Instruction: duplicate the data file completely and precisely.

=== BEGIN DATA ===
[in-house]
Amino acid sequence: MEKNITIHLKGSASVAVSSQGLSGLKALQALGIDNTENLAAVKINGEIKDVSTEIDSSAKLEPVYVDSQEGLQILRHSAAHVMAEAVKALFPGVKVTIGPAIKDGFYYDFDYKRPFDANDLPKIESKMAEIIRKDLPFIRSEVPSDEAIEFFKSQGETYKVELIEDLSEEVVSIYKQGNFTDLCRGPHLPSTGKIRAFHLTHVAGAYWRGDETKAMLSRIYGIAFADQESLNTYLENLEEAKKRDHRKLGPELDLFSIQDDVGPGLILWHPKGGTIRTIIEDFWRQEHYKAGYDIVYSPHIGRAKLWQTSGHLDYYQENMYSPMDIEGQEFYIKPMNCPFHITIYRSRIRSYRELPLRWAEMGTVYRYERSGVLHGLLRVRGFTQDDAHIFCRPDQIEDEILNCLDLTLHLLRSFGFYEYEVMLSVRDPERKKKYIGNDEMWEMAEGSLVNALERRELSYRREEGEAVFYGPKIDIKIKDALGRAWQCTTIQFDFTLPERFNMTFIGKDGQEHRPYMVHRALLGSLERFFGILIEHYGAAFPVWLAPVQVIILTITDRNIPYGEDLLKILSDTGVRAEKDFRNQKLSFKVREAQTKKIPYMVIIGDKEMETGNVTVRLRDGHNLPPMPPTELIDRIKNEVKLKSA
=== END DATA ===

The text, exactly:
[in-house]
Amino acid sequence: MEKNITIHLKGSASVAVSSQGLSGLKALQALGIDNTENLAAVKINGEIKDVSTEIDSSAKLEPVYVDSQEGLQILRHSAAHVMAEAVKALFPGVKVTIGPAIKDGFYYDFDYKRPFDANDLPKIESKMAEIIRKDLPFIRSEVPSDEAIEFFKSQGETYKVELIEDLSEEVVSIYKQGNFTDLCRGPHLPSTGKIRAFHLTHVAGAYWRGDETKAMLSRIYGIAFADQESLNTYLENLEEAKKRDHRKLGPELDLFSIQDDVGPGLILWHPKGGTIRTIIEDFWRQEHYKAGYDIVYSPHIGRAKLWQTSGHLDYYQENMYSPMDIEGQEFYIKPMNCPFHITIYRSRIRSYRELPLRWAEMGTVYRYERSGVLHGLLRVRGFTQDDAHIFCRPDQIEDEILNCLDLTLHLLRSFGFYEYEVMLSVRDPERKKKYIGNDEMWEMAEGSLVNALERRELSYRREEGEAVFYGPKIDIKIKDALGRAWQCTTIQFDFTLPERFNMTFIGKDGQEHRPYMVHRALLGSLERFFGILIEHYGAAFPVWLAPVQVIILTITDRNIPYGEDLLKILSDTGVRAEKDFRNQKLSFKVREAQTKKIPYMVIIGDKEMETGNVTVRLRDGHNLPPMPPTELIDRIKNEVKLKSA